Soot from jets, tundra fires implicated in Arctic ice melt

A U.S. climatologist says earth would be better off if the Arctic was declared a no-fly zone. From CBC News:

In a new report, Mark Jacobson, a professor of civil engineering at Stanford University in California, says black soot from commercial jets is attracting heat from the sun.... More than 50,000 planes fly through the Arctic Circle every year. Jacobson says that could be a major cause of Arctic melting.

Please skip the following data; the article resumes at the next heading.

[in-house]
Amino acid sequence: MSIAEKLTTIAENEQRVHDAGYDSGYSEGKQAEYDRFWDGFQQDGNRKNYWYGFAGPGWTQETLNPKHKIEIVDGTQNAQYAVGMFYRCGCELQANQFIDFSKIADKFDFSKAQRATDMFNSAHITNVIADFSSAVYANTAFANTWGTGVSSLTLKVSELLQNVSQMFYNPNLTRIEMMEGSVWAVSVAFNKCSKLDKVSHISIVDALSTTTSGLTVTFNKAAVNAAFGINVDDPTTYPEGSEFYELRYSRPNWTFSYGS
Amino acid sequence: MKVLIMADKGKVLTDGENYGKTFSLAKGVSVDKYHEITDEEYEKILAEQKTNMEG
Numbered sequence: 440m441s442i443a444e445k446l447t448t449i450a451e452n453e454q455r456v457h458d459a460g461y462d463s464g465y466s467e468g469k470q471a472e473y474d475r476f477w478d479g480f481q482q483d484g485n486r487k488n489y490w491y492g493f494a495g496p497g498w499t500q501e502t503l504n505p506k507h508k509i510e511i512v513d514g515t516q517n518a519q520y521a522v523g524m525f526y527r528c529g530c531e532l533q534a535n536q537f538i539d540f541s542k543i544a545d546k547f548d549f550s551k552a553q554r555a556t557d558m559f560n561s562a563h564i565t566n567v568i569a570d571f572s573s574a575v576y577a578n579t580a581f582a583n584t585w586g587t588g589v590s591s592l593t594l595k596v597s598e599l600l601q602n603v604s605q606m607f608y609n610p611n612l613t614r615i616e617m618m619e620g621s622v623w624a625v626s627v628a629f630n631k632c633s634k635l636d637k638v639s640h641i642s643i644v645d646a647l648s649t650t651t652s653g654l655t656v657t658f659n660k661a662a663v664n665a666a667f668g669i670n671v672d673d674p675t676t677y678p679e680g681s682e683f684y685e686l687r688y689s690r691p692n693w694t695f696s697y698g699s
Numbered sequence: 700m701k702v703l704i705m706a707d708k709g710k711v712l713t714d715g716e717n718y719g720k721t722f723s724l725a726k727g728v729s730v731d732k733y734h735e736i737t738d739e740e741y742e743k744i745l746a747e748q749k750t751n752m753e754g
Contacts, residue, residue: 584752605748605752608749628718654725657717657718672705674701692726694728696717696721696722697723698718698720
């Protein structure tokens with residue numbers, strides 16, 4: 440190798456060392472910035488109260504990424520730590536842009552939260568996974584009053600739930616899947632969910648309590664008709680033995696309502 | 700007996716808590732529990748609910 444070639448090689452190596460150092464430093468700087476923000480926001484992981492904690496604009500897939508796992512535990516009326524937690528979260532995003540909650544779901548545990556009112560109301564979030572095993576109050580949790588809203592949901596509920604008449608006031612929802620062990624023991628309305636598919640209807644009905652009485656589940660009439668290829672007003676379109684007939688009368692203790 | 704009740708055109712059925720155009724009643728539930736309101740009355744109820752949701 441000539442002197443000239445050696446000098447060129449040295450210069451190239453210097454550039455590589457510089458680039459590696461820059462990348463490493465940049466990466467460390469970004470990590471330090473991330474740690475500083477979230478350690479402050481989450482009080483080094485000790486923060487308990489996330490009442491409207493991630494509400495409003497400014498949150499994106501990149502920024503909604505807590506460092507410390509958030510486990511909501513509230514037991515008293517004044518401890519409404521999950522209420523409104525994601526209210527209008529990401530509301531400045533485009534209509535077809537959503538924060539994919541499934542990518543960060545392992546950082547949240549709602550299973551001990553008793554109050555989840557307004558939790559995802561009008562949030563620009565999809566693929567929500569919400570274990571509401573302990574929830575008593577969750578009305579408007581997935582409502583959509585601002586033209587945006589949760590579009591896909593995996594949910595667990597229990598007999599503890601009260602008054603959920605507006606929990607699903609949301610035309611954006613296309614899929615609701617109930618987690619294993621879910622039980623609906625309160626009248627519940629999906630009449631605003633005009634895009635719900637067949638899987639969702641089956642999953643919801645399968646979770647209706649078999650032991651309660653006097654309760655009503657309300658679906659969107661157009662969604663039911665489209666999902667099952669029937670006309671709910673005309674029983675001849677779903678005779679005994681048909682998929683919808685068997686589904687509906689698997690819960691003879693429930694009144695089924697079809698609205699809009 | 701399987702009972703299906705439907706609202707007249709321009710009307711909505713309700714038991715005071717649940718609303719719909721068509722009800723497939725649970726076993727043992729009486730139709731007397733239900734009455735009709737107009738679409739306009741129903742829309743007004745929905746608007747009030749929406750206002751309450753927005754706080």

And a researcher at Ohio State University says dark soot from Arctic tundra fires could be responsible for the decrease in reflectivity of the Greenland ice cap. From

Jason Box, associate professor of geography at Ohio State, said that researchers have long been concerned with how the Greenland landscape is losing its sparkly reflective quality as temperatures rise. The surface is darkening as ice melts away, and, since dark surfaces are less reflective than light ones, the surface captures more heat, which leads to stronger and more prolonged melting.